The Huskies obviously can’t simply replace Chris Polk or his record-setting production, but can they still find an effective running game?
For as much as Sarkisian gets praised for his ability to mold quarterbacks and his passing-game knowledge, his play-calling is highly dependent on a viable ground game. For three years, Polk didn’t make the Huskies’ run game viable, he made it special. He also made life much easier for quarterbacks because of his ability to pick up large chunks of yards on first and second downs. His presence also opened up the play-action passing game.
Now he’s gone.
“I think that position is one we feel good about the depth,” Sarkisian said. “How he gets replaced remains to be seen.”
The onus falls largely on junior Jesse Callier and sophomore Bishop Sankey. Both saw playing time at tailback behind Polk last season.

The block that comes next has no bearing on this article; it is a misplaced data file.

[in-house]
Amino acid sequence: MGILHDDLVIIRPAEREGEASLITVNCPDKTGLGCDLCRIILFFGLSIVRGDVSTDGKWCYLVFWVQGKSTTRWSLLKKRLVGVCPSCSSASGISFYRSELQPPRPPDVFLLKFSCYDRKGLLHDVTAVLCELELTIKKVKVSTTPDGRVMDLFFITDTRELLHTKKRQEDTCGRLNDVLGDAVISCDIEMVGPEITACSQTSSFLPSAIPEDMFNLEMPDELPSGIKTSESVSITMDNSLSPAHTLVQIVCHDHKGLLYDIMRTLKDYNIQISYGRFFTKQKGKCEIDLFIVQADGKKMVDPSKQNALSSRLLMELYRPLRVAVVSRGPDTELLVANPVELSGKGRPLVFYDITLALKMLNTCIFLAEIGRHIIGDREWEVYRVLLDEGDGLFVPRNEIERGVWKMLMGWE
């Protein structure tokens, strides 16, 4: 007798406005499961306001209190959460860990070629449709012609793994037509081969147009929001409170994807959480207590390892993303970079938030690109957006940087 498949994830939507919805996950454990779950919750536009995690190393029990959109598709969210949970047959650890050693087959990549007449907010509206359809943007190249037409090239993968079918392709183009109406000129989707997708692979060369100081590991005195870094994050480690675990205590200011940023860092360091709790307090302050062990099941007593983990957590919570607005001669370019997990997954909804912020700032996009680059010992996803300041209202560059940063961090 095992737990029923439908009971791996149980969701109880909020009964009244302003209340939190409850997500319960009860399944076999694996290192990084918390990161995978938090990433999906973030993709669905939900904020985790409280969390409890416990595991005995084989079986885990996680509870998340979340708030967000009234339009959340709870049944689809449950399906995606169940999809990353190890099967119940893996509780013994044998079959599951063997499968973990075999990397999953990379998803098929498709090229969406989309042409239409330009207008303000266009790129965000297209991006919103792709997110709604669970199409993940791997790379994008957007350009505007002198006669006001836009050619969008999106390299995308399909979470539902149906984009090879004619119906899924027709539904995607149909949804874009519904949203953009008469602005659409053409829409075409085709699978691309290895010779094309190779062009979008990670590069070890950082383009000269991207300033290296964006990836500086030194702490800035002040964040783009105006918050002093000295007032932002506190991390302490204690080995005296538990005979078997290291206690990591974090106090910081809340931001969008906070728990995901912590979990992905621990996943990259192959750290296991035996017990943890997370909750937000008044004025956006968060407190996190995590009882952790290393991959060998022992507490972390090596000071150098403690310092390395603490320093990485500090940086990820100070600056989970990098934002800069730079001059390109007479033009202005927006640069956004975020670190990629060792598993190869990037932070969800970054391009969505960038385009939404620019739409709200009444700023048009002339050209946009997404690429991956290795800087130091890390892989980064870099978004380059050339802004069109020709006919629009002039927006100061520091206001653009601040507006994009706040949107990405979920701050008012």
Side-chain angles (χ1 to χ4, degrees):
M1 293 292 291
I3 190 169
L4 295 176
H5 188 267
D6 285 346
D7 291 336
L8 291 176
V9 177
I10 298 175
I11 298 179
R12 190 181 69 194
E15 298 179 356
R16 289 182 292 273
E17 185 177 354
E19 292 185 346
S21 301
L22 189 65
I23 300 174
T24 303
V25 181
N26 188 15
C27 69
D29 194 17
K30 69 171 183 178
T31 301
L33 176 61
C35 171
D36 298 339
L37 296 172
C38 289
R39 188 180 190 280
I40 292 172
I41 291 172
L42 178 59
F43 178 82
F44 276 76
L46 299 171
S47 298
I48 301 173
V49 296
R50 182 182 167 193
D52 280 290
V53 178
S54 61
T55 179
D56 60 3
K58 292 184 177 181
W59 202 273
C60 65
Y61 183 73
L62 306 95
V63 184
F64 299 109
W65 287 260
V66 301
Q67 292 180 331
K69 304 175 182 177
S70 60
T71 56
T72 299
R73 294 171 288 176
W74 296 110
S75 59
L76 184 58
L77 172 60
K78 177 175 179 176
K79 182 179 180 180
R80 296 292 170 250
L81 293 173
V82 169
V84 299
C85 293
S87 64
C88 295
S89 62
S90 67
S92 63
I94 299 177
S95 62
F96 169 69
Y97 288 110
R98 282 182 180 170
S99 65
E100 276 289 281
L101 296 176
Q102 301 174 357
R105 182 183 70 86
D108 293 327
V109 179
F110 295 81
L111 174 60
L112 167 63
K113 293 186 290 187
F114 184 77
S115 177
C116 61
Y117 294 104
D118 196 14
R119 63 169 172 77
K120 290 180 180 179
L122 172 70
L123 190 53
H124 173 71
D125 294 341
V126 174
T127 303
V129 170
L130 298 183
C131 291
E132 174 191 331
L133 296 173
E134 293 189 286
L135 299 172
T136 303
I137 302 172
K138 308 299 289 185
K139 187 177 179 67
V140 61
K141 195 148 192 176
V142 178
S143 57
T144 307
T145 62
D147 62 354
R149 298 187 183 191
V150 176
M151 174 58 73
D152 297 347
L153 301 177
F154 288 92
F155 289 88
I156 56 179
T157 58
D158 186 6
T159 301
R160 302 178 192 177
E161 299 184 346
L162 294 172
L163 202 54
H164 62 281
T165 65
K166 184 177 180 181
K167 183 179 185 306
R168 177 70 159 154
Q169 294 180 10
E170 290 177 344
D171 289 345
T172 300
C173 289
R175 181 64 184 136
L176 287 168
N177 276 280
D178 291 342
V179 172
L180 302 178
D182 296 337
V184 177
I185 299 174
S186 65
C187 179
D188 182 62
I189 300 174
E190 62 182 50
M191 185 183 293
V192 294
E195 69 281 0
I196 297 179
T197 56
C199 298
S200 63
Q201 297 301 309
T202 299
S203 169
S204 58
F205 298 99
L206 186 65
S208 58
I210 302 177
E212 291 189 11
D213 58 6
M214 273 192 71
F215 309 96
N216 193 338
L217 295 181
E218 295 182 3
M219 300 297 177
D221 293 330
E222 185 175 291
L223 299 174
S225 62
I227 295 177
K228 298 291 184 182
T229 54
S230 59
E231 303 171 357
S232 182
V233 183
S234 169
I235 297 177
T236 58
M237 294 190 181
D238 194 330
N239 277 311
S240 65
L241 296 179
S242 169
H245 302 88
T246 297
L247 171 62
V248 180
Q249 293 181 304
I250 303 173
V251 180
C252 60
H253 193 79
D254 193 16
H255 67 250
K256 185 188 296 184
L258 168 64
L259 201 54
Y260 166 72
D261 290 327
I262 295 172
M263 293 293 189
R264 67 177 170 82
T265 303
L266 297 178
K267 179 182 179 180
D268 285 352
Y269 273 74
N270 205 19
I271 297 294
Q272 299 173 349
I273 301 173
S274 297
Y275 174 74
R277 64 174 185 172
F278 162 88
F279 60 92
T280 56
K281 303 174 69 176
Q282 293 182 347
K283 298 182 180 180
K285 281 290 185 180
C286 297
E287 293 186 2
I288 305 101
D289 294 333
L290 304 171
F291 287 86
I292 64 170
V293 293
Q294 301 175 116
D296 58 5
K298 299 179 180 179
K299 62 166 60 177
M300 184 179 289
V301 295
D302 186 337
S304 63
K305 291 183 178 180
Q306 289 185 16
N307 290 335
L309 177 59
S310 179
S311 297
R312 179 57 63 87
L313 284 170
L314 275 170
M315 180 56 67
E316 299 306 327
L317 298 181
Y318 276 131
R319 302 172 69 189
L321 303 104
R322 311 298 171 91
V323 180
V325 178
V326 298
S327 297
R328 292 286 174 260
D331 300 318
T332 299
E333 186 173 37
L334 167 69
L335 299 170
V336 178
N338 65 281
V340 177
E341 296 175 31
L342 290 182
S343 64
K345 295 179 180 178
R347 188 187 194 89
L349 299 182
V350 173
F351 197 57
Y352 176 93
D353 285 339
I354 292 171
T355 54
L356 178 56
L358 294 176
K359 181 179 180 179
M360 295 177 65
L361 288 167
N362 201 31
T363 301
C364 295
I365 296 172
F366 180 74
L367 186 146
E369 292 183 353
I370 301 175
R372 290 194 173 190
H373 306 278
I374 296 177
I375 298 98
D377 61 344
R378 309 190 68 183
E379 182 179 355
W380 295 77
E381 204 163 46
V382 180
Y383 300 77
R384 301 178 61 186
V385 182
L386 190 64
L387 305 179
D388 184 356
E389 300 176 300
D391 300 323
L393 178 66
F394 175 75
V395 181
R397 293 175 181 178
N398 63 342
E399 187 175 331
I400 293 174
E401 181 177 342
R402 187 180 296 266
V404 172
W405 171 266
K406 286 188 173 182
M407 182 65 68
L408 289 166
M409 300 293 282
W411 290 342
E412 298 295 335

Callier rushed for 260 yards and a touchdown on 47 carries, but he didn’t show a consistent ability to run between the tackles. Sankey, who showed better vision running inside, ran for 187 yards and a TD on 28 carries. They will split the carries.
There is hope that freshman Deontae Cooper, coming off knee surgeries in back-to-back seasons, might contribute. But it would be unfair to expect that soon.
“There’s the physical aspect of it,” Sarkisian said. “But there’s the mental aspect of it, too. (Thinking) ‘OK, now I am playing, now I have to get to playing the style of football that I am capable of.’ I don’t think there is any one guy on the team the teammates, the coaches, the administration (are) pulling for (more) than that guy because he’s such a good kid, he works so hard. I think we all want to see him get his opportunity and hopefully he email@example.com 253-597-8483 blog.thenewstribune.com/uwsports @RyanDivish